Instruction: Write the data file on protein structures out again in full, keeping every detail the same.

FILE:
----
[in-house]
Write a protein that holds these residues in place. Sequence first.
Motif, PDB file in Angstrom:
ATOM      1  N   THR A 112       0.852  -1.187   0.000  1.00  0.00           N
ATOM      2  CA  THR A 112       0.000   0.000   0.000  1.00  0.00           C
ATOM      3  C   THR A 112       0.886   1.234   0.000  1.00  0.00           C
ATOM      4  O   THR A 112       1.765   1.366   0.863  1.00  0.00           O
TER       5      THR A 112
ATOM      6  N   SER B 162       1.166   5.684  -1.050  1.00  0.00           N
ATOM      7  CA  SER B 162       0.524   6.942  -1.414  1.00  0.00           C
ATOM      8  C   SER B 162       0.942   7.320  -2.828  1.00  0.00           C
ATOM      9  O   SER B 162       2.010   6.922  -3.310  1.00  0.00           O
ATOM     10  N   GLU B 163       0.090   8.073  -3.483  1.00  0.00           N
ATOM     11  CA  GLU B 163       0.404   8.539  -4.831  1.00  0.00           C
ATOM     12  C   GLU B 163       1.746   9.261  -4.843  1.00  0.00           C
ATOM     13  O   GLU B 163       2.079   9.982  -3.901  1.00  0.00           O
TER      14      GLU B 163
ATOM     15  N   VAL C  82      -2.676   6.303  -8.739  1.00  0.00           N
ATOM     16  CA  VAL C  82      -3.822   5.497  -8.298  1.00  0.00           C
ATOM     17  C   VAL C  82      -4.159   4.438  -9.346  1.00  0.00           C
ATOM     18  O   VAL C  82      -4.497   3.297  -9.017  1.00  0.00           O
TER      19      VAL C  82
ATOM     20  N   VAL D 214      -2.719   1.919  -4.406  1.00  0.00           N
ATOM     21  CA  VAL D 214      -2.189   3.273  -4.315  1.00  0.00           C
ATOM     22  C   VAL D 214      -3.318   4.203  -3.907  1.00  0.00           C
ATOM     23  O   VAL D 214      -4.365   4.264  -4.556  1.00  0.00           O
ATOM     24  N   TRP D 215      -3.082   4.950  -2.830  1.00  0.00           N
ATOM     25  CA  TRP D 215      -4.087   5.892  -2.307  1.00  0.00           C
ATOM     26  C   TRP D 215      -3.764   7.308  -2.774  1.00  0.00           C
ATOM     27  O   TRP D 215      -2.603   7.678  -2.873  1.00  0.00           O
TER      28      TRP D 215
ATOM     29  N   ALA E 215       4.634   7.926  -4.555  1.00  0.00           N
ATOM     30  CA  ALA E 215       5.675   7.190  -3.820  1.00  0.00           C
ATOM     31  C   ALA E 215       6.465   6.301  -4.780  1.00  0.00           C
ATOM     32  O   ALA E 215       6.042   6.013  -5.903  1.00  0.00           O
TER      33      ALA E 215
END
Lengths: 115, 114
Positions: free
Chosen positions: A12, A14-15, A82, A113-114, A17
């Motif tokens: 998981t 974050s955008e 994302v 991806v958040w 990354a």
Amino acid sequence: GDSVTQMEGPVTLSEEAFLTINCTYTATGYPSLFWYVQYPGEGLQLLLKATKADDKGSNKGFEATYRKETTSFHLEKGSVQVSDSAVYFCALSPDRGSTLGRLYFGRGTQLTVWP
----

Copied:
[in-house]
Write a protein that holds these residues in place. Sequence first.
Motif, PDB file in Angstrom:
ATOM      1  N   THR A 112       0.852  -1.187   0.000  1.00  0.00           N
ATOM      2  CA  THR A 112       0.000   0.000   0.000  1.00  0.00           C
ATOM      3  C   THR A 112       0.886   1.234   0.000  1.00  0.00           C
ATOM      4  O   THR A 112       1.765   1.366   0.863  1.00  0.00           O
TER       5      THR A 112
ATOM      6  N   SER B 162       1.166   5.684  -1.050  1.00  0.00           N
ATOM      7  CA  SER B 162       0.524   6.942  -1.414  1.00  0.00           C
ATOM      8  C   SER B 162       0.942   7.320  -2.828  1.00  0.00           C
ATOM      9  O   SER B 162       2.010   6.922  -3.310  1.00  0.00           O
ATOM     10  N   GLU B 163       0.090   8.073  -3.483  1.00  0.00           N
ATOM     11  CA  GLU B 163       0.404   8.539  -4.831  1.00  0.00           C
ATOM     12  C   GLU B 163       1.746   9.261  -4.843  1.00  0.00           C
ATOM     13  O   GLU B 163       2.079   9.982  -3.901  1.00  0.00           O
TER      14      GLU B 163
ATOM     15  N   VAL C  82      -2.676   6.303  -8.739  1.00  0.00           N
ATOM     16  CA  VAL C  82      -3.822   5.497  -8.298  1.00  0.00           C
ATOM     17  C   VAL C  82      -4.159   4.438  -9.346  1.00  0.00           C
ATOM     18  O   VAL C  82      -4.497   3.297  -9.017  1.00  0.00           O
TER      19      VAL C  82
ATOM     20  N   VAL D 214      -2.719   1.919  -4.406  1.00  0.00           N
ATOM     21  CA  VAL D 214      -2.189   3.273  -4.315  1.00  0.00           C
ATOM     22  C   VAL D 214      -3.318   4.203  -3.907  1.00  0.00           C
ATOM     23  O   VAL D 214      -4.365   4.264  -4.556  1.00  0.00           O
ATOM     24  N   TRP D 215      -3.082   4.950  -2.830  1.00  0.00           N
ATOM     25  CA  TRP D 215      -4.087   5.892  -2.307  1.00  0.00           C
ATOM     26  C   TRP D 215      -3.764   7.308  -2.774  1.00  0.00           C
ATOM     27  O   TRP D 215      -2.603   7.678  -2.873  1.00  0.00           O
TER      28      TRP D 215
ATOM     29  N   ALA E 215       4.634   7.926  -4.555  1.00  0.00           N
ATOM     30  CA  ALA E 215       5.675   7.190  -3.820  1.00  0.00           C
ATOM     31  C   ALA E 215       6.465   6.301  -4.780  1.00  0.00           C
ATOM     32  O   ALA E 215       6.042   6.013  -5.903  1.00  0.00           O
TER      33      ALA E 215
END
Lengths: 115, 114
Positions: free
Chosen positions: A12, A14-15, A82, A113-114, A17
């Motif tokens: 998981t 974050s955008e 994302v 991806v958040w 990354a």
Amino acid sequence: GDSVTQMEGPVTLSEEAFLTINCTYTATGYPSLFWYVQYPGEGLQLLLKATKADDKGSNKGFEATYRKETTSFHLEKGSVQVSDSAVYFCALSPDRGSTLGRLYFGRGTQLTVWP